The DOL Expects the New Rule Will Have Positive Effects on Employers and Employees Alike.
Touting “greater flexibility” in establishing pay practices for tipped and non-tipped workers, the DOL surmises that this new proposed rule could result in a number of benefits in the workplace such as:
A reduction in wage disparities between employees who traditionally have received tips and those employees who are in lower-wage job classifications and do not typically receive tips;
An increased incentive among all employees to improve service quality and customer’s experience regardless of their position or role;
Increased interaction and cooperation between coworkers;
An increase in employee productivity;
A decrease in employee turnover;
Employers in other industries (e.g. casinos) could adopt similar tip pooling arrangements; and
Clarity and consistent application of Rule 3(m)’s tip-sharing requirements across the country.
Nevertheless, the DOL acknowledged that the extent of these potential benefits and the effect of the proposed rule on traditionally nontipped employees is entirely dependent on a number of unmeasurable market forces.
Public Comments Sought on Employer Tip-Sharing Procedures and Potential Responses to the Implementation of the Rule
Because it is unable to quantify the effect the regulation may have on employer, employee and even consumer behaviors, the DOL is seeking public feedback on the proposed regulation and the potential effect its implementation would have on employer tipping procedures and consumer tipping practices. Specifically, the DOL has requested public comments and information on the following issues:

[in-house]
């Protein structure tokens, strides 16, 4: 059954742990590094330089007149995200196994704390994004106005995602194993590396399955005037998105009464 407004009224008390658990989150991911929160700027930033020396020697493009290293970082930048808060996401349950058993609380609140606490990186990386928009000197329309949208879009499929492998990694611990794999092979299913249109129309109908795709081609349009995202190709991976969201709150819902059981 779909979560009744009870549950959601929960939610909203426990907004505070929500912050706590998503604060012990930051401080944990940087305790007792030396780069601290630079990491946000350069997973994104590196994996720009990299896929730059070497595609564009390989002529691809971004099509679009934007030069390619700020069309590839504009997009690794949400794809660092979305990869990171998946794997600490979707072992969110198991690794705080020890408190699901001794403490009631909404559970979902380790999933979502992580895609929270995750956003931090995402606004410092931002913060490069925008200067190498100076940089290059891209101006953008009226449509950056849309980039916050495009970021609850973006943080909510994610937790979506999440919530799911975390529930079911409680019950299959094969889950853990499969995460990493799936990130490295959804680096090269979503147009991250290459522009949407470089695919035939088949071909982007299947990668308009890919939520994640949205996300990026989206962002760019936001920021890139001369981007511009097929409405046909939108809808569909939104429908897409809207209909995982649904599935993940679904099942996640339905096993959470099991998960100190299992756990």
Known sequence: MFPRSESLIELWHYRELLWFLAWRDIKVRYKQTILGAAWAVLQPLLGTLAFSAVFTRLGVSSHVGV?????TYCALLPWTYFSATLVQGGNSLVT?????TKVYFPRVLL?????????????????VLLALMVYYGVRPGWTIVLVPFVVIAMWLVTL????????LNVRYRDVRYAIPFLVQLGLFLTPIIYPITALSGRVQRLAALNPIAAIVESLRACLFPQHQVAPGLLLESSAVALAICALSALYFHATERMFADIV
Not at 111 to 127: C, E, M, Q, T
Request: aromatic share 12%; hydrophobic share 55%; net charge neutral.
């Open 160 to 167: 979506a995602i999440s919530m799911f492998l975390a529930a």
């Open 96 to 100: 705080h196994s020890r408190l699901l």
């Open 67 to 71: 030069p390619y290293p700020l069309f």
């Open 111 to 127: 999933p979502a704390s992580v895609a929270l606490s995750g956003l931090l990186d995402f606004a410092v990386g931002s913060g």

For those employers that pay their tipped employees wages equal or greater to the minimum wage and do not utilize the tip credit, what portion of those employers reallocate tips among other employees, and what portion of the total tips do they retain and reallocate?
How prevalent are employer-required, or mandatory, tip pools? What factors determine whether an employer institutes a mandatory tip pool? What portion of the tips received by employees do employers anticipate being will be contributed to the tip pool? What kinds of factors might influence an employer's decision to exclude some tips from inclusion in a mandatory tip pool?
Do tipped employees who are required to participate in a mandatory tip pool receive a fixed dollar amount or a fixed percentage of the pool? Is it common for some employees to receive a larger share of the tip pool than others or are tips typically distributed on an even basis among all participants in the tip pool?
If this proposed rule were adopted, what types or categories of employees would employers choose to include in mandatory tip pools?
What effect would the proposed rule have on customers’ tipping practices?
If the rule were adopted, would employers expand tip pools and reallocate tips to nontipped employees and, if so, what effect would this have on the disparity between the take-home earnings of tipped and nontipped employees in the service industry?
If this rule were adopted as proposed, what nonregulatory limitations would employers and employees face when deciding whether and how to design a tip-pooling arrangement?
What market norms or other behavioral or cultural reasons cause certain types of tip pooling to be more prevalent than others?
To what extent is the endowment effect (that is, customarily and regularly tipped employees potentially valuing tips more than wages of the same average amount) relevant for explaining potential tip behavior in a relatively less-regulated market?
The DOL originally requested that all comments be received on or before January 4, 2018. However, the DOL has now indicated on its website that it will be extending this comment period by an extra 30 days. BakerHostetler’s Employment Group is available to assist in the preparation and drafting of any comments for submission to the DOL on this matter.